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Project DECIDE


Title: Decision-making places in Alzheimer’s dementia – supporting advance decision-making by improving person-environment fit

Cooperating partners:

  • Prof. Dr. med. M. Grond, Neurology Clinic, Siegen District Hospital

  • Dr. I. Schmidtmann, Institute for Medical Biostatistics, Epidemiology and Informatics (IMBEI) at the University Medical Center of Johannes Gutenberg University Mainz

  • Prof. Dr. A. Reif & Dr. T. Karakaya, Department of Psychiatry, Psychosomatic Medicine and Psychotherapy, University Hospital, Goethe-University, Frankfurt

  • Prof. Dr. F. Oswald, Frankfurt Forum for Interdisciplinary Ageing Research (FFIA), Goethe University Frankfurt

  • Dr. Hornke, Director, Dignity Center, Frankfurt

Sponsor: This research is being funded by the German Federal Ministry of Education and Research BMBF (Bundesministerium für Bildung und Forschung, Funding number: 01GY2022). The funder played no role in the design of this study and will not play any role in its execution, the analyses, interpretation of the data, or the decision to submit results. / DLR Projektträger

Project term: 01.04.2021 – 01.04.2024

Keywords: supported decision-making, advance care planning, dementia, empowerment, person-environment fit

Project description: PwAD have (like every other person) the right to decide whether they want to receive specific medical treatment and to provide their free, prior and informed consent to do so. As dementia progresses, PwAD can lose their capacity to provide informed consent to complex medical treatment. When capacity to consent is lost, the autonomy of the affected person can only be guaranteed when an interpretable and valid advance directive exists. Advance directives are still not sufficiently widespread in Germany, and their validity is often questionable. Retrospectively, doubt is often cast on PwAD’s capacity to consent at the time of writing the advance directive and therefore also on the validity of their directives because capacity to consent is the precondition for completing a valid advance directive. Once the dementia diagnosis has been made, it is often assumed to be too late to write an advance directive because even in mild dementia, capacity to consent to complex decisions is already questionable.

In a memory clinic setting, AD is generally diagnosed when the disease is mild. Mild AD is a state in which capacity to consent is still achievable with adequate support. Hence, we assume that a memory clinic is a suitable place to initiate the supported preparation of an advance directive, but that it is not the right place to complete one.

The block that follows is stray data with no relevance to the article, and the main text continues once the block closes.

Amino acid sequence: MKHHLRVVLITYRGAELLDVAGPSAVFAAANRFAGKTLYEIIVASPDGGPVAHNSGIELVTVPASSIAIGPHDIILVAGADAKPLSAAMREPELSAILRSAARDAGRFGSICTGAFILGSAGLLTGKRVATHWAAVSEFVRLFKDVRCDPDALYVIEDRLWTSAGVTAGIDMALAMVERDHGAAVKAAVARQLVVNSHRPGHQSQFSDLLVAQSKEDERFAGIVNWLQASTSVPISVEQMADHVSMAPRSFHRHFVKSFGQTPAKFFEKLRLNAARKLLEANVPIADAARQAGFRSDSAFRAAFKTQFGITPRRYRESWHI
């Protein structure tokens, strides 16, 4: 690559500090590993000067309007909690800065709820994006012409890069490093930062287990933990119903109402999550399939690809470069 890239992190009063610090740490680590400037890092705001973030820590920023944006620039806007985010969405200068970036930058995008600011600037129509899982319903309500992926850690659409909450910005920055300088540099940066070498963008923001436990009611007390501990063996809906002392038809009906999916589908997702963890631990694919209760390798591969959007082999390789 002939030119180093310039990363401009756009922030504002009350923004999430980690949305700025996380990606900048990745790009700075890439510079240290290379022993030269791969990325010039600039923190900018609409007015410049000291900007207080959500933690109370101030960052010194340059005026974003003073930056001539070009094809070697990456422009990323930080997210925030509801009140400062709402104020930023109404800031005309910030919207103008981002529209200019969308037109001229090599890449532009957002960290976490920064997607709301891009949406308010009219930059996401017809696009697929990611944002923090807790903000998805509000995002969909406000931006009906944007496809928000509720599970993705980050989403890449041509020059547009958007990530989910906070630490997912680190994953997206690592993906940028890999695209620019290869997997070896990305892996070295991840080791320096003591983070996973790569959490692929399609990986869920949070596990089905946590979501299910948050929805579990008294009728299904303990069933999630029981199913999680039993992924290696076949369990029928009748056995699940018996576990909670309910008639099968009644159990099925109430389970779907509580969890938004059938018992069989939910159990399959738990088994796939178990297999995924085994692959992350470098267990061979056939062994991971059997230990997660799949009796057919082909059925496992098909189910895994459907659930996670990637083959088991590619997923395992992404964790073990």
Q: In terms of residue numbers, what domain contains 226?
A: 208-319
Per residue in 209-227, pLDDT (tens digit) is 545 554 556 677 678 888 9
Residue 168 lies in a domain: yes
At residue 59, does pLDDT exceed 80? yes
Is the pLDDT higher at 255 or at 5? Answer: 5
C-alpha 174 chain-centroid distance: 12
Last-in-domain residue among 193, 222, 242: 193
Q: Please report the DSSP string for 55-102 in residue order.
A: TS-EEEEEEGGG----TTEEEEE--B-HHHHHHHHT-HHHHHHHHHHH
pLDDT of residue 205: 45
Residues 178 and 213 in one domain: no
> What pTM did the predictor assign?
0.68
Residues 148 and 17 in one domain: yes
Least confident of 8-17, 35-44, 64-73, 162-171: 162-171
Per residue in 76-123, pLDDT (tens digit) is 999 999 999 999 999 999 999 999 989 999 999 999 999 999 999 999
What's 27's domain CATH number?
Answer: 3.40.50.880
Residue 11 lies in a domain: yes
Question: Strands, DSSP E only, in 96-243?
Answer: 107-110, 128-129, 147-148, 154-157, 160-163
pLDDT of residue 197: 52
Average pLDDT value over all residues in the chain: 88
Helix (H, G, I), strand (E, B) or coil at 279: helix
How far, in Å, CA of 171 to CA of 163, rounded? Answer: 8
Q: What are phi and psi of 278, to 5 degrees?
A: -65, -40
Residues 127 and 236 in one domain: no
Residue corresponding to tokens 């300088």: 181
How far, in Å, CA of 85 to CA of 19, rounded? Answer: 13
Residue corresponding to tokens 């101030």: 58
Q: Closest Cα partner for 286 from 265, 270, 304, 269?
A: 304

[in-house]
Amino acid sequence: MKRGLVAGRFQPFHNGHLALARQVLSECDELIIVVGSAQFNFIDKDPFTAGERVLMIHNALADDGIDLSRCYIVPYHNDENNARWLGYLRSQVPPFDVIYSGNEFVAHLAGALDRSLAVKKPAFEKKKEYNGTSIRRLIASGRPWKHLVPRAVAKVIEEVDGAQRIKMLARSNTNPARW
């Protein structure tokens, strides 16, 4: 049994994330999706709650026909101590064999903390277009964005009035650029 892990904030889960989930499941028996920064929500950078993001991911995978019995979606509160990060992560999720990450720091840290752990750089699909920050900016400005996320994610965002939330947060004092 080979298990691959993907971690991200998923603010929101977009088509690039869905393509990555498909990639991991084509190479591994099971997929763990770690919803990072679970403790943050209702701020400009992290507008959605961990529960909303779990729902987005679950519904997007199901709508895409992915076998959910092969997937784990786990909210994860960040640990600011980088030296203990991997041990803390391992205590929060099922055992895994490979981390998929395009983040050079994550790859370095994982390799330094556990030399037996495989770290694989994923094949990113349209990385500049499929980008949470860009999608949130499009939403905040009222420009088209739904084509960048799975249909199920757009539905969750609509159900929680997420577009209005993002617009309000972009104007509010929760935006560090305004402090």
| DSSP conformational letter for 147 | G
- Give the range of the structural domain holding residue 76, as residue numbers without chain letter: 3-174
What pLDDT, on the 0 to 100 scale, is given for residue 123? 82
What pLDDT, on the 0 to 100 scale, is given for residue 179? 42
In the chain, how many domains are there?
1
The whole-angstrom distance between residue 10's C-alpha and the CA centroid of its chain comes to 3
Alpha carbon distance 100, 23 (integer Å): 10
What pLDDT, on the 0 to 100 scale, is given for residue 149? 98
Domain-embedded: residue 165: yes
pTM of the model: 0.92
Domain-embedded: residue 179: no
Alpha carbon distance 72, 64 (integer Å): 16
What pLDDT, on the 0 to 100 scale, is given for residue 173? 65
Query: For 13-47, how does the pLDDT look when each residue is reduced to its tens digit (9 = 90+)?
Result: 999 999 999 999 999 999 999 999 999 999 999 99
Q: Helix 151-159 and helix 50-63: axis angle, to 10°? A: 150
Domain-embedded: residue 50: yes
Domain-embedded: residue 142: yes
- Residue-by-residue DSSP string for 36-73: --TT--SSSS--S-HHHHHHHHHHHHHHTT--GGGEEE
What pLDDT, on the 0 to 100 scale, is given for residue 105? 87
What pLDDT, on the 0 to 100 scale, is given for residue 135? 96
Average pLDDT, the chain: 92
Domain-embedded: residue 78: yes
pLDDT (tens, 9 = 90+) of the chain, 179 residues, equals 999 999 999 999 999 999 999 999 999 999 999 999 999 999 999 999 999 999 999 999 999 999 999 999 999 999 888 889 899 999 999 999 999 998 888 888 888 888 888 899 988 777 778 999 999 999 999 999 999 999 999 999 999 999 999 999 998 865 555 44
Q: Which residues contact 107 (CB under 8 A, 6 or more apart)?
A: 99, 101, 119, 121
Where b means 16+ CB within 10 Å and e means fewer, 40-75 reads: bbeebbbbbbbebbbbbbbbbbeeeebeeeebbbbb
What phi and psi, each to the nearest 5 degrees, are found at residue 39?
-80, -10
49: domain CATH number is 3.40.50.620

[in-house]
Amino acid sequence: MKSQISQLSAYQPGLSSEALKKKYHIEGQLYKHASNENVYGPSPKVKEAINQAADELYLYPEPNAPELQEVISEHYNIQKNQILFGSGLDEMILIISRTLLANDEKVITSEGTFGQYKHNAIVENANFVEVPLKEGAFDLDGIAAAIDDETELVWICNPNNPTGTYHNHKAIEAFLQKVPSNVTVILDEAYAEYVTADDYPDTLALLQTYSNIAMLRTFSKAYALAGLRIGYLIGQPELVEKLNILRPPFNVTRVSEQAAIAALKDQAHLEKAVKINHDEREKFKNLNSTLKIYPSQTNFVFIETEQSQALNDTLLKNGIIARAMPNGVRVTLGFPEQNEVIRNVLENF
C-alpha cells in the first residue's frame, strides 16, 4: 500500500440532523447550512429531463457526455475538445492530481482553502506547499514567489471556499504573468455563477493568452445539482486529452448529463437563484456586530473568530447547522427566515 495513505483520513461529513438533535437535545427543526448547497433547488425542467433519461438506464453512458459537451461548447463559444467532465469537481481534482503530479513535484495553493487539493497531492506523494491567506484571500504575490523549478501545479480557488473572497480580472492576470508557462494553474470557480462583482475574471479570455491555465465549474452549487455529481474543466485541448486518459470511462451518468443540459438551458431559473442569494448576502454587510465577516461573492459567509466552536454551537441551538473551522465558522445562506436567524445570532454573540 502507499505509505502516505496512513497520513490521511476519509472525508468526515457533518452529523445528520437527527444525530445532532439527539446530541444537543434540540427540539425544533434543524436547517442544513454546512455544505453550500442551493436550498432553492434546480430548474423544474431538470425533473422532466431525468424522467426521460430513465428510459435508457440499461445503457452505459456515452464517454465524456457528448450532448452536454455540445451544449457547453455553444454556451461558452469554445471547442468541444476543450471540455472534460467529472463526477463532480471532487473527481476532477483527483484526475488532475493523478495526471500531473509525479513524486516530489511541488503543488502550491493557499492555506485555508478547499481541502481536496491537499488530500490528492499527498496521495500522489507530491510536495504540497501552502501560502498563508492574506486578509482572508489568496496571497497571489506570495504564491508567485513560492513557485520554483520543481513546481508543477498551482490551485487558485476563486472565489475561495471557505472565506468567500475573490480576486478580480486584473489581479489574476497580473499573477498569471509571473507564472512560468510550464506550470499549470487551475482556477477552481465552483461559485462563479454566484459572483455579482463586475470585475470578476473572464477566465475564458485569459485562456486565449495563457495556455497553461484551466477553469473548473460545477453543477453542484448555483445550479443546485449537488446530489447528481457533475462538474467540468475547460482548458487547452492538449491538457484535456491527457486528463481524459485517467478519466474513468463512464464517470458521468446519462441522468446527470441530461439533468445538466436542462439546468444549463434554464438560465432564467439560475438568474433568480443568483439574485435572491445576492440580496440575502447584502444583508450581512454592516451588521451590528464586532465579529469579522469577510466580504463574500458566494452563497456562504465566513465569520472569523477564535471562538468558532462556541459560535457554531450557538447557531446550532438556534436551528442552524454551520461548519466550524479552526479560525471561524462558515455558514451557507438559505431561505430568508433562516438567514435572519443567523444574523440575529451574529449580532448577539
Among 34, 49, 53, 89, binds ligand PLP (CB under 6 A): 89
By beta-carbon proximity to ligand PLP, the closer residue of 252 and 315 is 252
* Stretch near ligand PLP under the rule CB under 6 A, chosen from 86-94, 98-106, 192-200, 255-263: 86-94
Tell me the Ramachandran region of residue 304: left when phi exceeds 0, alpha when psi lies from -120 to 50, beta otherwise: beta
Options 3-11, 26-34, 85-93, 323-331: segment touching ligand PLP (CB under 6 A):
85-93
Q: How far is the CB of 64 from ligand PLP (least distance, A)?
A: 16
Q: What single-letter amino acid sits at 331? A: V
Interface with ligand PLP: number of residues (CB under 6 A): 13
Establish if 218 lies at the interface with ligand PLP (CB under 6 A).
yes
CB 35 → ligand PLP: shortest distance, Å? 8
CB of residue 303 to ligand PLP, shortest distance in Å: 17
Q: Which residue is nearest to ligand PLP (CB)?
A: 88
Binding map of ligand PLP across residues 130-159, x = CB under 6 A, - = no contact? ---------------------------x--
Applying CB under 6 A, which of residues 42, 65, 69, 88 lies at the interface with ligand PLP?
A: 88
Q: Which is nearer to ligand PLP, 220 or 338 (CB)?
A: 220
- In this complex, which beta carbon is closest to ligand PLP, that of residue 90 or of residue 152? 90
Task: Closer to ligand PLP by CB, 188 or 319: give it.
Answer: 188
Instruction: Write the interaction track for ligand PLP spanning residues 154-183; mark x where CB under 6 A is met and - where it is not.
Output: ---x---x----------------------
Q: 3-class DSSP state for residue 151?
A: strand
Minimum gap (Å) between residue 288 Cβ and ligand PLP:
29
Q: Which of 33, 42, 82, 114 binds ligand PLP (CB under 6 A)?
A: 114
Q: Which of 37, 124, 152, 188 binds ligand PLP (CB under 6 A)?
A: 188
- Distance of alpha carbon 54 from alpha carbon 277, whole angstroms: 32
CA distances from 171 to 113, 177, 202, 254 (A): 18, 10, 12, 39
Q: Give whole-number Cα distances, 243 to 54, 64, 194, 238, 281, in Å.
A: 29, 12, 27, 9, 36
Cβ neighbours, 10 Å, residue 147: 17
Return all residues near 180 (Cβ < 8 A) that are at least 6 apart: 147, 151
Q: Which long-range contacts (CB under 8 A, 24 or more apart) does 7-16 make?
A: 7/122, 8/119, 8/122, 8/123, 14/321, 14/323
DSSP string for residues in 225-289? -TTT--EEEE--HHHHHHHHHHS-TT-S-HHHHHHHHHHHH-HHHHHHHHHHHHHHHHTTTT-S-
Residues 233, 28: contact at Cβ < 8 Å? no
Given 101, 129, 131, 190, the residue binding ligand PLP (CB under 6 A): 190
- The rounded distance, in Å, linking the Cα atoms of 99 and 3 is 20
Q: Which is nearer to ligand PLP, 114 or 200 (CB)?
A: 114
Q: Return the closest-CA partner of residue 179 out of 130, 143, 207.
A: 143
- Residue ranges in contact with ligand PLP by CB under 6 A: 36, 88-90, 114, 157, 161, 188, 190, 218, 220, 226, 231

One approach used to support the completion of advance directives is ‘Respecting Choices’® - an internationally recognized, evidence-based model of ACP, but this has as yet not been evaluated for the target group of PwAD. To support the capacity of PwAD to consent to treatment choices for an advance directive, we build on concepts and evidence from environmental gerontology, and suggest the selection of the ‘decision-making place: home’ (intervention) as a supportive and empowering measure. We assume that the home, a place where the perceived sense of belonging is strong, has a complexity-reducing effect that lessens the subjective task complexity of the treatment choice and raises the rated capacity to consent to treatment choices for an advance directive (primary outcome).

In our first main study (process intervention study), we will study the effect of the process intervention (offer to participate in ACP) on the proportion of (valid) advance directives of Pw suspected AD treated in memory clinics by using a time series approach with a baseline-design (baseline phase: no intervention, intervention phase: process intervention).

In our second main study (spatial intervention study), based on two medical procedures, we will study the effect of the spatial intervention (place) on capacity to consent to treatment choices for an advance directive using a randomized incomplete block design with a factorial structure. Capacity to consent will be measured using the standardized assessment instrument DCAT-PAD (Elbogen et al., 2007; Srebnik et al., 2004). Each participant will take part in a full ACP interview and complete an advance directive. The interview will be subdivided into two sessions that deal, inter alia, with one of the two studied medical treatment decisions (topics may be tube feeding and ventilator use). One session will take place at home, and the other in the memory clinic. All combinations of place (home, clinic) and topic will be studied. The subjects of the two medical treatment decisions to be studied will be chosen by a Patient Advisory Board at the university, consisting of PwAD and their carers.

Based on the results we will derive recommendations for the implementation of ACP and ‘empowering decision-making places’ that allow PwAD to complete, as far as possible, autonomous and legally valid advance directives. This project will contribute towards increasing the autonomy and inclusion of PwAD, and the widespread existence of valid advance directives in PwAD.


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